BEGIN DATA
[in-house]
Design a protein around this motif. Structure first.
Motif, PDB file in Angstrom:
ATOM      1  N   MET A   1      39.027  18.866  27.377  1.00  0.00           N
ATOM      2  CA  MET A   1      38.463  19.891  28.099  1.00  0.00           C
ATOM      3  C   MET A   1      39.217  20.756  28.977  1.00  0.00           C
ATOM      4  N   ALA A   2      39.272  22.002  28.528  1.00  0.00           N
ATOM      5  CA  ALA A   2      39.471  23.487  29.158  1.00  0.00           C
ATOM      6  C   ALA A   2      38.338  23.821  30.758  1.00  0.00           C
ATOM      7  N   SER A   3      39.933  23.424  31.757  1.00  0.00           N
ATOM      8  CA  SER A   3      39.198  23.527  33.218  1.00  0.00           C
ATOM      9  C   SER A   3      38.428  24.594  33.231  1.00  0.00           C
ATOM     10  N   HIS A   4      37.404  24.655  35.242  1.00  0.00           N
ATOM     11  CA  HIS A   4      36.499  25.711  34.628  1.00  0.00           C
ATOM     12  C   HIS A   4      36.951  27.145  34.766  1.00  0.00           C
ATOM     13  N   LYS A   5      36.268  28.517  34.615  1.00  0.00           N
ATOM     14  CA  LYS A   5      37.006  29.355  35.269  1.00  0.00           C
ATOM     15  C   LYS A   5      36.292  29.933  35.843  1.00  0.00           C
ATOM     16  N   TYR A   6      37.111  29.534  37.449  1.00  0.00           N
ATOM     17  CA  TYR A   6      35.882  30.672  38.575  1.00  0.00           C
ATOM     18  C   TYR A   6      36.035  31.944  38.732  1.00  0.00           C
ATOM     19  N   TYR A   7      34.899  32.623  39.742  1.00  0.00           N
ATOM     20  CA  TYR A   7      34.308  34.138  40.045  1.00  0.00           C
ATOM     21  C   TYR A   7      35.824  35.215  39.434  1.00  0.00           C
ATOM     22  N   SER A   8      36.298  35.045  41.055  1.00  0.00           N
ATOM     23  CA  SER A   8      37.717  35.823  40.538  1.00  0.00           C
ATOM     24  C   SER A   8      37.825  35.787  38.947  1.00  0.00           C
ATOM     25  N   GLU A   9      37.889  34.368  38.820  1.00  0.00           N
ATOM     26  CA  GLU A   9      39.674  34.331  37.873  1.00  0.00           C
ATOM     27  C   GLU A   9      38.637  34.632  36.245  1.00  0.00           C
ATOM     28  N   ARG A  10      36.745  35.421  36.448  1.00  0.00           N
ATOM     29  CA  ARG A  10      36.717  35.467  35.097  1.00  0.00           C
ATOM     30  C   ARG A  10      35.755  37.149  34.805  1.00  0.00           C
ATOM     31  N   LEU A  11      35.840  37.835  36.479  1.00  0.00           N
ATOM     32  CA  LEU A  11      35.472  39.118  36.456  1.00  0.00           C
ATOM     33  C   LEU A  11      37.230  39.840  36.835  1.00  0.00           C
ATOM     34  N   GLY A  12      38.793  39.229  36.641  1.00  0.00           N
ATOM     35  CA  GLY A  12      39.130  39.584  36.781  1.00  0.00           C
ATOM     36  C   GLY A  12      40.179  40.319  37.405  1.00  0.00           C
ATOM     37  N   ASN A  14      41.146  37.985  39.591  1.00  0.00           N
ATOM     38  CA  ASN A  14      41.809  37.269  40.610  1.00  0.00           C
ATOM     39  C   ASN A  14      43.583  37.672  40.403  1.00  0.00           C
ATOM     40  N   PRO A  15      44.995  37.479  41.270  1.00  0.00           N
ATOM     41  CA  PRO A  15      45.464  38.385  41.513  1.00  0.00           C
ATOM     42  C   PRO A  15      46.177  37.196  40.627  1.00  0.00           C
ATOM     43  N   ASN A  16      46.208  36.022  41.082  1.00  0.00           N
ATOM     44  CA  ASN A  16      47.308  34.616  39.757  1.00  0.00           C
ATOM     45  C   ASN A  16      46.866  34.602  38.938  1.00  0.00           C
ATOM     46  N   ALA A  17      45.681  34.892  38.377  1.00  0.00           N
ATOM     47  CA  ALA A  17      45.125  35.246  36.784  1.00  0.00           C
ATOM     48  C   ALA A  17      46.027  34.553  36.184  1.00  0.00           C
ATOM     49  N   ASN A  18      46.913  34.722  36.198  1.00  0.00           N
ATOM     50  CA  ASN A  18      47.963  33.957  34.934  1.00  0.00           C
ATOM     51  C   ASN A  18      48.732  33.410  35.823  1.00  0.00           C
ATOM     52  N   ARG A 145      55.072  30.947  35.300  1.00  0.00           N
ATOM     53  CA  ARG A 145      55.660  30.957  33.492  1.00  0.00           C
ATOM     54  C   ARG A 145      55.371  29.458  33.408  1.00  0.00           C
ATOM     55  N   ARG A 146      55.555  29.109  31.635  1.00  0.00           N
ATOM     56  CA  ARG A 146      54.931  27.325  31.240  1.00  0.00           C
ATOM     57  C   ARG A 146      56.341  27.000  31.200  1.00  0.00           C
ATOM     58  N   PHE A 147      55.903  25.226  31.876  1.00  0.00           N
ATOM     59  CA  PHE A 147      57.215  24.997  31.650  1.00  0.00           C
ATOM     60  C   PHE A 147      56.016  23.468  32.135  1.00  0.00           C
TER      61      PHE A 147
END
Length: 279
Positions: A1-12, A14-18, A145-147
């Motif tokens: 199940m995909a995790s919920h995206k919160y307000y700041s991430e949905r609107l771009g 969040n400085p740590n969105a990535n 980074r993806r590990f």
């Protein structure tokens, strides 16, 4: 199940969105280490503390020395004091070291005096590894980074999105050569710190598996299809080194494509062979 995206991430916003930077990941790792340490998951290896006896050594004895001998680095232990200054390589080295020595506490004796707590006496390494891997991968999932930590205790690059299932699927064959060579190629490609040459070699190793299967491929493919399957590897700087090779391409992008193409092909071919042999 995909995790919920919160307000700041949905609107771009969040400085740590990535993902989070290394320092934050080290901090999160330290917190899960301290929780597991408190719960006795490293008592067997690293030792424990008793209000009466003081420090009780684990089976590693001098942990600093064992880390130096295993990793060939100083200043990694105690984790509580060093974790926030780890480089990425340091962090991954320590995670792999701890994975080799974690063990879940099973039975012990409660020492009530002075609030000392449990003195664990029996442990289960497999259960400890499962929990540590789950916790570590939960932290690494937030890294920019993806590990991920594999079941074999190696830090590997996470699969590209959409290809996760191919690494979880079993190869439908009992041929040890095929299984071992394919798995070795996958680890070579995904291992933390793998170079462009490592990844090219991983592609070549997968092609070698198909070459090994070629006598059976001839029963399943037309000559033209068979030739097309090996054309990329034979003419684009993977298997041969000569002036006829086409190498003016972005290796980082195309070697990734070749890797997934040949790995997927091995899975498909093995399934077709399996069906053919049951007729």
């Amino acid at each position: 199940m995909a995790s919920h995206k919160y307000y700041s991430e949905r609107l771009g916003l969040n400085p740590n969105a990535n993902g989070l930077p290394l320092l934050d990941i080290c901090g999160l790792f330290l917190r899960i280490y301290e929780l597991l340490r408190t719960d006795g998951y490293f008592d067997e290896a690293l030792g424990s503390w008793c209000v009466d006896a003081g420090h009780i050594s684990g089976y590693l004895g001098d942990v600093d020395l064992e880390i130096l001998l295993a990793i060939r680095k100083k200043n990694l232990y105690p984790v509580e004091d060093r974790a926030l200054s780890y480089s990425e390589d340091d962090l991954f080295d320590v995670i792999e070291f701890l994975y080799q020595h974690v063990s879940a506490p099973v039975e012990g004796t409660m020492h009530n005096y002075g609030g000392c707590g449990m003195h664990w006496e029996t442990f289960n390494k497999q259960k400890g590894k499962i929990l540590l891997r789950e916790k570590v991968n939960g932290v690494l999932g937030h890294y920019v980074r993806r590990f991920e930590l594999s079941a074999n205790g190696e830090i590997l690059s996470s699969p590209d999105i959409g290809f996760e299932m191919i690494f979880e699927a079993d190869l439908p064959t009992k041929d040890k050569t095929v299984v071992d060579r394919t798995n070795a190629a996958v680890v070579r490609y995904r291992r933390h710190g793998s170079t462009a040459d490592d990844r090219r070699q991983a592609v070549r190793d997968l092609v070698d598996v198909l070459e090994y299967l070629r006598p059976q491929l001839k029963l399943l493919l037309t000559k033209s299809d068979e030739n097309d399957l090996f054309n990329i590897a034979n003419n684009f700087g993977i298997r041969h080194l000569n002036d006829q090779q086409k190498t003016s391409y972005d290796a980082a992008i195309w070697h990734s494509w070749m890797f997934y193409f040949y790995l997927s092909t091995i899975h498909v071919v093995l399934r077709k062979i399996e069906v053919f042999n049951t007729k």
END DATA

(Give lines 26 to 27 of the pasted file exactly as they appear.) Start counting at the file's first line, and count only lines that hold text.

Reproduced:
ATOM     23  CA  SER A   8      37.717  35.823  40.538  1.00  0.00           C
ATOM     24  C   SER A   8      37.825  35.787  38.947  1.00  0.00           C